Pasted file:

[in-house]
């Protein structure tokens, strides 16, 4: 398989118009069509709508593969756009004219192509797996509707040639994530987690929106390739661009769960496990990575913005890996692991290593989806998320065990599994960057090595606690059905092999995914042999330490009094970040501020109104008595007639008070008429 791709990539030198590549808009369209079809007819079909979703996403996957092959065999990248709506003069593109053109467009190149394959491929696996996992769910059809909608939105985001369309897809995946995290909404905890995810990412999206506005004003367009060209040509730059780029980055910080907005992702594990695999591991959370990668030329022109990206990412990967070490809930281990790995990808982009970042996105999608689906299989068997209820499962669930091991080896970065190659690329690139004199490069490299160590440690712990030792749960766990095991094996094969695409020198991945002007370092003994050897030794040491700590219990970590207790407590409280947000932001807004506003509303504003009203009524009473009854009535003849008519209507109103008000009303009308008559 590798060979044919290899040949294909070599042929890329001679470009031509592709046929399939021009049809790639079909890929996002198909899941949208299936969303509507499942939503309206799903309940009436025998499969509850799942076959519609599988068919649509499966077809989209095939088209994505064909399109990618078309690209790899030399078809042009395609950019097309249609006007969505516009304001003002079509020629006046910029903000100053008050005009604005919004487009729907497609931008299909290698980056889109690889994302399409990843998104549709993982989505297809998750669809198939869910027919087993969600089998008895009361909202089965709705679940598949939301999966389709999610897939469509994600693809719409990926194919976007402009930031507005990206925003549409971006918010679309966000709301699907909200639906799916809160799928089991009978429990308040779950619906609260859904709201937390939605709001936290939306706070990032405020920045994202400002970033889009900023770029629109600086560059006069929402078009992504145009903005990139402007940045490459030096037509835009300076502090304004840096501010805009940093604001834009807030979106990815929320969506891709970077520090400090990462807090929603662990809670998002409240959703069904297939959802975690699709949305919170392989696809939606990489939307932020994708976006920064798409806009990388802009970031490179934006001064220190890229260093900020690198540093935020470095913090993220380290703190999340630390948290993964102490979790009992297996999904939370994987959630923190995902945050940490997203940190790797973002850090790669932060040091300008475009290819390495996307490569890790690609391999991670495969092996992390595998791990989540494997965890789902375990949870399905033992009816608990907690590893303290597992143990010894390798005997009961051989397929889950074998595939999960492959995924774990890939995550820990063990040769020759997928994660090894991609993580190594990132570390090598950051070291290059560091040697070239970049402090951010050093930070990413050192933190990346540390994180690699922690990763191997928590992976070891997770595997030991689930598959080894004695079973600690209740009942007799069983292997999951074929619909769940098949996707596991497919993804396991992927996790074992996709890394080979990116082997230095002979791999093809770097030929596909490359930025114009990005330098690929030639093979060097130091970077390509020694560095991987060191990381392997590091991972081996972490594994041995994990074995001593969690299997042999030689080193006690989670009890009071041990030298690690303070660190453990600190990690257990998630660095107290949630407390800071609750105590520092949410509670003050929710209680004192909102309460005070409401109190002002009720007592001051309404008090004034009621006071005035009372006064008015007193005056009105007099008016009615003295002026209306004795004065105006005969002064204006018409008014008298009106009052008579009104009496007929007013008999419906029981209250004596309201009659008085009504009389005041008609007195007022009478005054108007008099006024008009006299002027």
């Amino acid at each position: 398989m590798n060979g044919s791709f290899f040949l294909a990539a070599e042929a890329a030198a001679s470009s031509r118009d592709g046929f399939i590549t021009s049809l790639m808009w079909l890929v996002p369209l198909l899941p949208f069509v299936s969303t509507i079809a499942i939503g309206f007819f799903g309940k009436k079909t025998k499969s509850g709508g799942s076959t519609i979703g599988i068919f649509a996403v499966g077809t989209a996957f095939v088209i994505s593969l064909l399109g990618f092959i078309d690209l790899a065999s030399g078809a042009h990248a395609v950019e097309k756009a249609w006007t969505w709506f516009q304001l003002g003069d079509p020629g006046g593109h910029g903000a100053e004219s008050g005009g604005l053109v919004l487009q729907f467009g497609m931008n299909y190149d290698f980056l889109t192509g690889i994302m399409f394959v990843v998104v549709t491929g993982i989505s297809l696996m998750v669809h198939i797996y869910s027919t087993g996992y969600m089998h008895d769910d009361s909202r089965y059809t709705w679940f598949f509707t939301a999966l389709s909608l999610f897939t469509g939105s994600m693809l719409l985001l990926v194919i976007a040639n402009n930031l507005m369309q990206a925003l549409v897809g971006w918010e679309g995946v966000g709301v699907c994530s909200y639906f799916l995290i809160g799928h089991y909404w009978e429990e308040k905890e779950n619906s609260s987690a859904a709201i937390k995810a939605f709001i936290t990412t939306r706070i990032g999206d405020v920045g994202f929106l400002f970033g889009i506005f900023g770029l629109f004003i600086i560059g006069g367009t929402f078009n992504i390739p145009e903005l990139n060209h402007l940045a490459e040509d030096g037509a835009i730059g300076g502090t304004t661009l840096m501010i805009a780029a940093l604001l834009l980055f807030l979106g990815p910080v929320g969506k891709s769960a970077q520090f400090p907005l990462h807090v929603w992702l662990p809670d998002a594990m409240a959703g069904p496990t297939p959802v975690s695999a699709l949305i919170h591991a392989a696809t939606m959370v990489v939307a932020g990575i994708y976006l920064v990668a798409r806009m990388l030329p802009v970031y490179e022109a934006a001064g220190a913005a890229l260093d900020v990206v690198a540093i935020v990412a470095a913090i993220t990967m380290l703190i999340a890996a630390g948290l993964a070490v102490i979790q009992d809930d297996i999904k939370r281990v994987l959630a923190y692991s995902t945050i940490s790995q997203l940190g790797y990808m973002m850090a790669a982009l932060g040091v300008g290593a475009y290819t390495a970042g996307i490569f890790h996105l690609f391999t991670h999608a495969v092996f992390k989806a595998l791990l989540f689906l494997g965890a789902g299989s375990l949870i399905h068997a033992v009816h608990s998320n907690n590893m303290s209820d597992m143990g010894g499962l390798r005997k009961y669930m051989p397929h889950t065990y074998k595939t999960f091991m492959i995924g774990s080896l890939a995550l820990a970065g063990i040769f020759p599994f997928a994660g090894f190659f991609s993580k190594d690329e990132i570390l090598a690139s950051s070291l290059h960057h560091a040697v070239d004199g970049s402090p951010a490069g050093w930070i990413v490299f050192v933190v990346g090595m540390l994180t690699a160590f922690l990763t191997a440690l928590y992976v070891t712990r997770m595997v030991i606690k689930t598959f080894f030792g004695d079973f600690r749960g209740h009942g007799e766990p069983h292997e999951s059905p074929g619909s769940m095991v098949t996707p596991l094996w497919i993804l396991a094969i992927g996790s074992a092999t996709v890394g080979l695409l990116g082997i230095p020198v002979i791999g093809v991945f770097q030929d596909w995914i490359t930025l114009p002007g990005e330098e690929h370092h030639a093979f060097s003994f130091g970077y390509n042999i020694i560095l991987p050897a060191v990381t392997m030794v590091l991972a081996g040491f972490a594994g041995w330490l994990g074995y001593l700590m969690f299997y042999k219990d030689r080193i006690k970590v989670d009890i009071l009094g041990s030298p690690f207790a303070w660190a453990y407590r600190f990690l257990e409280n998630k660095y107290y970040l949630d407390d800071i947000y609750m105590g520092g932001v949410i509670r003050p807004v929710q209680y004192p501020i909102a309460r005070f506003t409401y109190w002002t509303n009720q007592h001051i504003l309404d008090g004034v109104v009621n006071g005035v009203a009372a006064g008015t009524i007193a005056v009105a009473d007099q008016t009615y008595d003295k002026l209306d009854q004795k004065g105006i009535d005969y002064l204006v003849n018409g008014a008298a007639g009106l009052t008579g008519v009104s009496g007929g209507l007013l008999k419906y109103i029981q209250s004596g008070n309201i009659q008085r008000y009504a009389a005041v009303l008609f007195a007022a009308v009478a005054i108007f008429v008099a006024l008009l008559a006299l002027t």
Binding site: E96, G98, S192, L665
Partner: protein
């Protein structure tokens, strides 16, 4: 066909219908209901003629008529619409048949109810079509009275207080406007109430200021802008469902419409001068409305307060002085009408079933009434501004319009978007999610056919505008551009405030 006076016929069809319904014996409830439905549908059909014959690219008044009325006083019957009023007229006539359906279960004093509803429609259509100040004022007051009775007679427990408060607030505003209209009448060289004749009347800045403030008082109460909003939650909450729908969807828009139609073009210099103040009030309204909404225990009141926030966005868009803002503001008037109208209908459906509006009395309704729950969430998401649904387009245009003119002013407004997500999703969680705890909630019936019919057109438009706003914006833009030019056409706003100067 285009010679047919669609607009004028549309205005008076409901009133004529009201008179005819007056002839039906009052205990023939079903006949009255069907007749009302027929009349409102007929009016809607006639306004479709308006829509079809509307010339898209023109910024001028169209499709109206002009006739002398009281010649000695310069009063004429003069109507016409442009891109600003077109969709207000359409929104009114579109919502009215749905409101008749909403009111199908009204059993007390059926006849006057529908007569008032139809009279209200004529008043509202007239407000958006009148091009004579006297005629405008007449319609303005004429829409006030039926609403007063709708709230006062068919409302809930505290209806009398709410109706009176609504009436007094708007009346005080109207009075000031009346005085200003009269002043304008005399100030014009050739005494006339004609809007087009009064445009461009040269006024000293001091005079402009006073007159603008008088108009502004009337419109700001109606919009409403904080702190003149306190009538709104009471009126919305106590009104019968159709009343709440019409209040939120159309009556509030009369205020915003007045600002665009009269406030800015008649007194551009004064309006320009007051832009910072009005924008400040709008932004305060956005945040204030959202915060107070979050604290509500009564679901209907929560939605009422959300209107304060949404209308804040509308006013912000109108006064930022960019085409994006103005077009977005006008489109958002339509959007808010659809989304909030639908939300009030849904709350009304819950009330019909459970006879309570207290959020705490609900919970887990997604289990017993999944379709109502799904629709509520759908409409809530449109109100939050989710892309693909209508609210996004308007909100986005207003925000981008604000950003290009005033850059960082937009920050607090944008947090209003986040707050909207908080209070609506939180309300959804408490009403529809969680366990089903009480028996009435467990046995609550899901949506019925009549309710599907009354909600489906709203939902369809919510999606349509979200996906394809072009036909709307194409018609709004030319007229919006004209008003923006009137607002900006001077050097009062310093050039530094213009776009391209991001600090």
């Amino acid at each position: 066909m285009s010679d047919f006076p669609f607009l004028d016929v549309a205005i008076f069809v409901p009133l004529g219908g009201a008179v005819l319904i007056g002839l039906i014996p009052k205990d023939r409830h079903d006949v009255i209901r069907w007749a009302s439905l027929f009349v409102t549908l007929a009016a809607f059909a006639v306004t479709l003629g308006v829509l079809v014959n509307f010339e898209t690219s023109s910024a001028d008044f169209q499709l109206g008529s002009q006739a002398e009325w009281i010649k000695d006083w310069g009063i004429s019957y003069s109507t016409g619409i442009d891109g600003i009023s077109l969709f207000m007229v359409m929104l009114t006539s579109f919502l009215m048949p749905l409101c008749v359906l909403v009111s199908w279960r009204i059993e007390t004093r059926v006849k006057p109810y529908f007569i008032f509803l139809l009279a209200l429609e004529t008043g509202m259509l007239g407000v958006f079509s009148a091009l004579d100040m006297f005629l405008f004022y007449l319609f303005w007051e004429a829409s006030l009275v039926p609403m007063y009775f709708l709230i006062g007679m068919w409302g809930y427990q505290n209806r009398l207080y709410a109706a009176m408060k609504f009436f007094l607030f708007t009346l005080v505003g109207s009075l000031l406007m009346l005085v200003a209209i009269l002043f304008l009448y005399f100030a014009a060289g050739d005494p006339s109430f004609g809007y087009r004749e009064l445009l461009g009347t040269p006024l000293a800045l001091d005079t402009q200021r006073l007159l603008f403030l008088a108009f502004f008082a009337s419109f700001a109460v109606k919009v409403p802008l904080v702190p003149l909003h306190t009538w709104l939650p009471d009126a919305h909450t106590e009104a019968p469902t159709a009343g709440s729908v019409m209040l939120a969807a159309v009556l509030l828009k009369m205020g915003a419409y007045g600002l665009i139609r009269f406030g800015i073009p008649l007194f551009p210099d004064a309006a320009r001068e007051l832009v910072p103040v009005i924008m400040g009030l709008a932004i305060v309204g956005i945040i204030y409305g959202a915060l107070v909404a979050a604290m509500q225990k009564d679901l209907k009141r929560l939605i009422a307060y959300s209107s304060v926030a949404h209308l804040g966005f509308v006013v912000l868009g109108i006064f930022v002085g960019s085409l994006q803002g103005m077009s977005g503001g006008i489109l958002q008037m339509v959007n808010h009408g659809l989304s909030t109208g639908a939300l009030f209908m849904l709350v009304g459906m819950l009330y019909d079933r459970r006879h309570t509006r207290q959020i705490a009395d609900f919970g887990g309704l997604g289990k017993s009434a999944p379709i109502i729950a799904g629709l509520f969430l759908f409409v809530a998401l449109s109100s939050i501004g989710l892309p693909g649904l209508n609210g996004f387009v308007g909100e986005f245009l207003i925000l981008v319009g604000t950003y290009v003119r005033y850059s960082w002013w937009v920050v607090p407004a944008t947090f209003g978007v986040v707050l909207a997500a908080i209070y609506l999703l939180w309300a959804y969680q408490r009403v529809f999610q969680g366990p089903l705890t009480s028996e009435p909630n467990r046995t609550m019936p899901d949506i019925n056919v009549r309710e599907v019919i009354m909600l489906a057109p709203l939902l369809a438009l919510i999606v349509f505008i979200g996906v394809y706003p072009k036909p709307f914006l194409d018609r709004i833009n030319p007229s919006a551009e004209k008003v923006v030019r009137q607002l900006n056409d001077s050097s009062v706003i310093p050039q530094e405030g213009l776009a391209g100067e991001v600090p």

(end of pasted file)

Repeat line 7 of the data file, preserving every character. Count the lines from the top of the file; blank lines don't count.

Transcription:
């Amino acid at each position: 066909m285009s010679d047919f006076p669609f607009l004028d016929v549309a205005i008076f069809v409901p009133l004529g219908g009201a008179v005819l319904i007056g002839l039906i014996p009052k205990d023939r409830h079903d006949v009255i209901r069907w007749a009302s439905l027929f009349v409102t549908l007929a009016a809607f059909a006639v306004t479709l003629g308006v829509l079809v014959n509307f010339e898209t690219s023109s910024a001028d008044f169209q499709l109206g008529s002009q006739a002398e009325w009281i010649k000695d006083w310069g009063i004429s019957y003069s109507t016409g619409i442009d891109g600003i009023s077109l969709f207000m007229v359409m929104l009114t006539s579109f919502l009215m048949p749905l409101c008749v359906l909403v009111s199908w279960r009204i059993e007390t004093r059926v006849k006057p109810y529908f007569i008032f509803l139809l009279a209200l429609e004529t008043g509202m259509l007239g407000v958006f079509s009148a091009l004579d100040m006297f005629l405008f004022y007449l319609f303005w007051e004429a829409s006030l009275v039926p609403m007063y009775f709708l709230i006062g007679m068919w409302g809930y427990q505290n209806r009398l207080y709410a109706a009176m408060k609504f009436f007094l607030f708007t009346l005080v505003g109207s009075l000031l406007m009346l005085v200003a209209i009269l002043f304008l009448y005399f100030a014009a060289g050739d005494p006339s109430f004609g809007y087009r004749e009064l445009l461009g009347t040269p006024l000293a800045l001091d005079t402009q200021r006073l007159l603008f403030l008088a108009f502004f008082a009337s419109f700001a109460v109606k919009v409403p802008l904080v702190p003149l909003h306190t009538w709104l939650p009471d009126a919305h909450t106590e009104a019968p469902t159709a009343g709440s729908v019409m209040l939120a969807a159309v009556l509030l828009k009369m205020g915003a419409y007045g600002l665009i139609r009269f406030g800015i073009p008649l007194f551009p210099d004064a309006a320009r001068e007051l832009v910072p103040v009005i924008m400040g009030l709008a932004i305060v309204g956005i945040i204030y409305g959202a915060l107070v909404a979050a604290m509500q225990k009564d679901l209907k009141r929560l939605i009422a307060y959300s209107s304060v926030a949404h209308l804040g966005f509308v006013v912000l868009g109108i006064f930022v002085g960019s085409l994006q803002g103005m077009s977005g503001g006008i489109l958002q008037m339509v959007n808010h009408g659809l989304s909030t109208g639908a939300l009030f209908m849904l709350v009304g459906m819950l009330y019909d079933r459970r006879h309570t509006r207290q959020i705490a009395d609900f919970g887990g309704l997604g289990k017993s009434a999944p379709i109502i729950a799904g629709l509520f969430l759908f409409v809530a998401l449109s109100s939050i501004g989710l892309p693909g649904l209508n609210g996004f387009v308007g909100e986005f245009l207003i925000l981008v319009g604000t950003y290009v003119r005033y850059s960082w002013w937009v920050v607090p407004a944008t947090f209003g978007v986040v707050l909207a997500a908080i209070y609506l999703l939180w309300a959804y969680q408490r009403v529809f999610q969680g366990p089903l705890t009480s028996e009435p909630n467990r046995t609550m019936p899901d949506i019925n056919v009549r309710e599907v019919i009354m909600l489906a057109p709203l939902l369809a438009l919510i999606v349509f505008i979200g996906v394809y706003p072009k036909p709307f914006l194409d018609r709004i833009n030319p007229s919006a551009e004209k008003v923006v030019r009137q607002l900006n056409d001077s050097s009062v706003i310093p050039q530094e405030g213009l776009a391209g100067e991001v600090p």